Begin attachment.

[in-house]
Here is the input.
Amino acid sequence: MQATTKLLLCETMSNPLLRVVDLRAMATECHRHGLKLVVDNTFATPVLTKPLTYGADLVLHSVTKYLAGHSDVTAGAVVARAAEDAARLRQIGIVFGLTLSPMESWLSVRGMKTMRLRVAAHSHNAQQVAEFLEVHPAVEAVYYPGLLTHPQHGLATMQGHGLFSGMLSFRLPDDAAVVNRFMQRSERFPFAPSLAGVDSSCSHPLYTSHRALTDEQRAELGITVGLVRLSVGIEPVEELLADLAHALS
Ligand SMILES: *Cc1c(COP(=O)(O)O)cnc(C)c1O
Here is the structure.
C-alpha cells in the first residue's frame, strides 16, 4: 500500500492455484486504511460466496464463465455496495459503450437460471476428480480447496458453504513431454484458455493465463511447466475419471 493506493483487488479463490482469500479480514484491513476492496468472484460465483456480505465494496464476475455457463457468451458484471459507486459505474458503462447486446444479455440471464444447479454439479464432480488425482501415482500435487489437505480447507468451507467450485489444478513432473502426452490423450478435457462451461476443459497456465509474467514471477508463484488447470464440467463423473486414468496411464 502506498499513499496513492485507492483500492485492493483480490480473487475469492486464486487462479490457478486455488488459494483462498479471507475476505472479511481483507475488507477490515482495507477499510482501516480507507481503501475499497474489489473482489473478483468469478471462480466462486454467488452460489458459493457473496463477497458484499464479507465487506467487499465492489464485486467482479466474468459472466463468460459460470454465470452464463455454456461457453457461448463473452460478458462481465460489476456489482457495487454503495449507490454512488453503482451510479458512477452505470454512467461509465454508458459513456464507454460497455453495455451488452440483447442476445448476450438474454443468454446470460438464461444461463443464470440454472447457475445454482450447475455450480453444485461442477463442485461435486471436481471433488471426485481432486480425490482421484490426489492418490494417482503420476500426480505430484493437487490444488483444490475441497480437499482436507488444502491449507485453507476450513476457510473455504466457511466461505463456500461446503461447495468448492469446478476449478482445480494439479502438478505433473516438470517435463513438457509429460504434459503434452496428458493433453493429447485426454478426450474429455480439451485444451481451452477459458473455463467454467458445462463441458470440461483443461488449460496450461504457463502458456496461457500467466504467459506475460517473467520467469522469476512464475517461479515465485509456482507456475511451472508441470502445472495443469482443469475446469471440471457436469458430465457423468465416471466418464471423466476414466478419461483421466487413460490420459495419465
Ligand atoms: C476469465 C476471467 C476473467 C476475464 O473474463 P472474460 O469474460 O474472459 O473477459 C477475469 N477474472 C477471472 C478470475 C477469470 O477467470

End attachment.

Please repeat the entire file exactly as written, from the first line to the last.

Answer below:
[in-house]
Here is the input.
Amino acid sequence: MQATTKLLLCETMSNPLLRVVDLRAMATECHRHGLKLVVDNTFATPVLTKPLTYGADLVLHSVTKYLAGHSDVTAGAVVARAAEDAARLRQIGIVFGLTLSPMESWLSVRGMKTMRLRVAAHSHNAQQVAEFLEVHPAVEAVYYPGLLTHPQHGLATMQGHGLFSGMLSFRLPDDAAVVNRFMQRSERFPFAPSLAGVDSSCSHPLYTSHRALTDEQRAELGITVGLVRLSVGIEPVEELLADLAHALS
Ligand SMILES: *Cc1c(COP(=O)(O)O)cnc(C)c1O
Here is the structure.
C-alpha cells in the first residue's frame, strides 16, 4: 500500500492455484486504511460466496464463465455496495459503450437460471476428480480447496458453504513431454484458455493465463511447466475419471 493506493483487488479463490482469500479480514484491513476492496468472484460465483456480505465494496464476475455457463457468451458484471459507486459505474458503462447486446444479455440471464444447479454439479464432480488425482501415482500435487489437505480447507468451507467450485489444478513432473502426452490423450478435457462451461476443459497456465509474467514471477508463484488447470464440467463423473486414468496411464 502506498499513499496513492485507492483500492485492493483480490480473487475469492486464486487462479490457478486455488488459494483462498479471507475476505472479511481483507475488507477490515482495507477499510482501516480507507481503501475499497474489489473482489473478483468469478471462480466462486454467488452460489458459493457473496463477497458484499464479507465487506467487499465492489464485486467482479466474468459472466463468460459460470454465470452464463455454456461457453457461448463473452460478458462481465460489476456489482457495487454503495449507490454512488453503482451510479458512477452505470454512467461509465454508458459513456464507454460497455453495455451488452440483447442476445448476450438474454443468454446470460438464461444461463443464470440454472447457475445454482450447475455450480453444485461442477463442485461435486471436481471433488471426485481432486480425490482421484490426489492418490494417482503420476500426480505430484493437487490444488483444490475441497480437499482436507488444502491449507485453507476450513476457510473455504466457511466461505463456500461446503461447495468448492469446478476449478482445480494439479502438478505433473516438470517435463513438457509429460504434459503434452496428458493433453493429447485426454478426450474429455480439451485444451481451452477459458473455463467454467458445462463441458470440461483443461488449460496450461504457463502458456496461457500467466504467459506475460517473467520467469522469476512464475517461479515465485509456482507456475511451472508441470502445472495443469482443469475446469471440471457436469458430465457423468465416471466418464471423466476414466478419461483421466487413460490420459495419465
Ligand atoms: C476469465 C476471467 C476473467 C476475464 O473474463 P472474460 O469474460 O474472459 O473477459 C477475469 N477474472 C477471472 C478470475 C477469470 O477467470